August 19, 2009
Today was a lab day. The lab was busy with everyone getting caught up on their research. I spent the morning working on categorizing my photos and working on my journal. I met with Suzi Ryan and the website designer for the Gulf of Maine Research Institute and we decided to put some of my photos on their website also.
The afternoon was spent watching and learning from the different research projects. I watched how Abby and Elizabeth painstakingly identify the species of each unknown plant. I was able to use the dissection scope to view some of the interesting parts of the plants.
Colleen and I mended a huge net with several holes in it for use in the field on Thursday. One hole was created by a large Northern Pike fish that tried to escape and damaged the net. It was a very long trammel net used to capture large fish in the pond. The net is long and has a few layers so fish get tangled in it very easily. We stretched it out over a long fence and looked for holes and sewed the holes with fishing line. This took awhile.
I had the opportunity to watch and ask questions concerning preparing the water sample for chlorophyll-a analysis. This is a three step process. Step one is to filter the water sample and freeze the filter for 24 hours. Step two is extraction. The filter is extracted through a glass fiber filter and dissolved in a solvent and put in a centrifuge and stored for 24 hours. The last step is to take the sample and read the light absorbency value using a spectrophotometer. A mathematical formula will be used to determine the amount of chlorophyll-a present in the water. This process is conducted with the lights off to keep the chlorophyll-a from breaking down before measurement.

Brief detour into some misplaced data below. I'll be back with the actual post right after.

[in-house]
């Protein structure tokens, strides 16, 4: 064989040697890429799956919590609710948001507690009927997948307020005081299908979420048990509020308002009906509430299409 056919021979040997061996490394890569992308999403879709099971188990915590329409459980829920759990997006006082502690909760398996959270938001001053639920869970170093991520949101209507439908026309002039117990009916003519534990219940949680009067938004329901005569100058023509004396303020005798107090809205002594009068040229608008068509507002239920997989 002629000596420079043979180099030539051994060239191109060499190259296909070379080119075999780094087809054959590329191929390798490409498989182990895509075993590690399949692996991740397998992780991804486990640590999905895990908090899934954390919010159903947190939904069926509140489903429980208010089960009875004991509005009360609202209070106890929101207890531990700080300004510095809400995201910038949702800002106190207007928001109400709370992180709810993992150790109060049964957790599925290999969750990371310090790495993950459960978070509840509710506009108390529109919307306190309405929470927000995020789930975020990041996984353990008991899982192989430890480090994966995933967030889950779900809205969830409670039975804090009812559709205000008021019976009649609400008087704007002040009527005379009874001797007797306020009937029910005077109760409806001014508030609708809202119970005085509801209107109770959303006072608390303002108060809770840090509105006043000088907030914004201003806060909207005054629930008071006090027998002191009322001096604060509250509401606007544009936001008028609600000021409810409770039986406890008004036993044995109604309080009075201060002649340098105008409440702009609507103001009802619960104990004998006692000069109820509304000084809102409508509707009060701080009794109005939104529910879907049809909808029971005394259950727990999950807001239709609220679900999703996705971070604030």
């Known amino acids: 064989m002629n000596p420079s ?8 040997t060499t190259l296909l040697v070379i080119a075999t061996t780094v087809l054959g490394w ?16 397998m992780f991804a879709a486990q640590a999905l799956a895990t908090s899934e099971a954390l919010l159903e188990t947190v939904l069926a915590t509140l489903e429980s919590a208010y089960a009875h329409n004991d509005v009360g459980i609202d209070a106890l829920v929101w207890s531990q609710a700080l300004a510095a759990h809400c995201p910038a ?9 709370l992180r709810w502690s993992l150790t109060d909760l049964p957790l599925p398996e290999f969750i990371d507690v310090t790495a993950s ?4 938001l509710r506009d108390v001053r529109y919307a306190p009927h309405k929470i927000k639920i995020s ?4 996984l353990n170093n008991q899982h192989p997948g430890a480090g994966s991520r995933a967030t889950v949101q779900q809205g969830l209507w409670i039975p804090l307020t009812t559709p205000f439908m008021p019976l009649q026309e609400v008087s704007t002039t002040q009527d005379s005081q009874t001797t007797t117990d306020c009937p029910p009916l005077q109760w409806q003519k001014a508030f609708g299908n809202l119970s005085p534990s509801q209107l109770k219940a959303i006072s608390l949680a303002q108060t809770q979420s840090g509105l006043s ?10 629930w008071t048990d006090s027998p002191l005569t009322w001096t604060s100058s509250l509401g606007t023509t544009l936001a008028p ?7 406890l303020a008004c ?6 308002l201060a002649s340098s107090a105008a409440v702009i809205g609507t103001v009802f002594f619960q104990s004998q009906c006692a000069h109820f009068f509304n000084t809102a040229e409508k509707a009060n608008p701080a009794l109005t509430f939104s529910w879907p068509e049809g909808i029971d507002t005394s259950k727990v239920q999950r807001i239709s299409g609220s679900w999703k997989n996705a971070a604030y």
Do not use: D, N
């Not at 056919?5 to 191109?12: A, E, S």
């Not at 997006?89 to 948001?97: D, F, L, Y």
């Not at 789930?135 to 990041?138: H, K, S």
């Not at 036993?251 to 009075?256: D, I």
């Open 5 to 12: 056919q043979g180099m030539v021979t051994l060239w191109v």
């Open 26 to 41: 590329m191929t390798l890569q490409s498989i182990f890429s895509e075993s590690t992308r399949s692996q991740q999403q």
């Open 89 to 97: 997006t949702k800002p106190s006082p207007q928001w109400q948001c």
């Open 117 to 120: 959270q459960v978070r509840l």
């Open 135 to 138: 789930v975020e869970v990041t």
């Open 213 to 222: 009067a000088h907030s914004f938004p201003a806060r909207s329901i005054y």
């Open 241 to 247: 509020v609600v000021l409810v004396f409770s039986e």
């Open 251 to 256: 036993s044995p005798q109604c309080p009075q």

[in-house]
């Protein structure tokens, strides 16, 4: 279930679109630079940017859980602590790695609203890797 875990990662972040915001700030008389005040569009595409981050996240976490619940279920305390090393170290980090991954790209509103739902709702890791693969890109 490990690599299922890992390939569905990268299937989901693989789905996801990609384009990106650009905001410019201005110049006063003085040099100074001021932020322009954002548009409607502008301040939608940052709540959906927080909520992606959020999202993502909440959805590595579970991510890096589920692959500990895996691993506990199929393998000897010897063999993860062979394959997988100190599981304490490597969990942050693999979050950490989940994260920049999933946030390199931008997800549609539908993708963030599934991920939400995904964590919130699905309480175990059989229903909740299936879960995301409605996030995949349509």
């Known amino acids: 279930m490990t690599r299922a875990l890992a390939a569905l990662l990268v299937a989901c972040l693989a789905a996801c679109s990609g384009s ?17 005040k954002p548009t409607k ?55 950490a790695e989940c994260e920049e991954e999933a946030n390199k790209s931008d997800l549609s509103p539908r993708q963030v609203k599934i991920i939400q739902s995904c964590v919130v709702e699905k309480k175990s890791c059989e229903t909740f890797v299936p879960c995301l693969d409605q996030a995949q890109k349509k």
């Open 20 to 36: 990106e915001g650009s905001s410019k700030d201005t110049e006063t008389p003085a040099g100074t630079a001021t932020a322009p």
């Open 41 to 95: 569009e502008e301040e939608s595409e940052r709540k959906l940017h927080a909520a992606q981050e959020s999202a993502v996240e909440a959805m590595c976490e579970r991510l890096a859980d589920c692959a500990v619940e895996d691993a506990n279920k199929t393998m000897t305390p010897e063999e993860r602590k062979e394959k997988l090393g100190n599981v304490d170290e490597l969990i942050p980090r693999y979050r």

I also got to watch the dissection of some alewife. Each fish is weighed and measured. A few scales are removed to determine the age of the fish. I was able to look at the slide under the microscope to determine that the one alewife was 6 years old. The scales have growth rings like trees, one year per ring. This was interesting to see.
The gonads are removed and weighed so the sex can be determined. The gonads are studied to determine the reproductive status of each fish caught in various water bodies. The larger the gonads, the more eggs they can carry, the healthier the fish is reproductively. Environmental factors are studied to determine why some fish are more successful at reproducing then others.
A muscle tissue sample or fin clip is collected to send out for micro DNA analysis.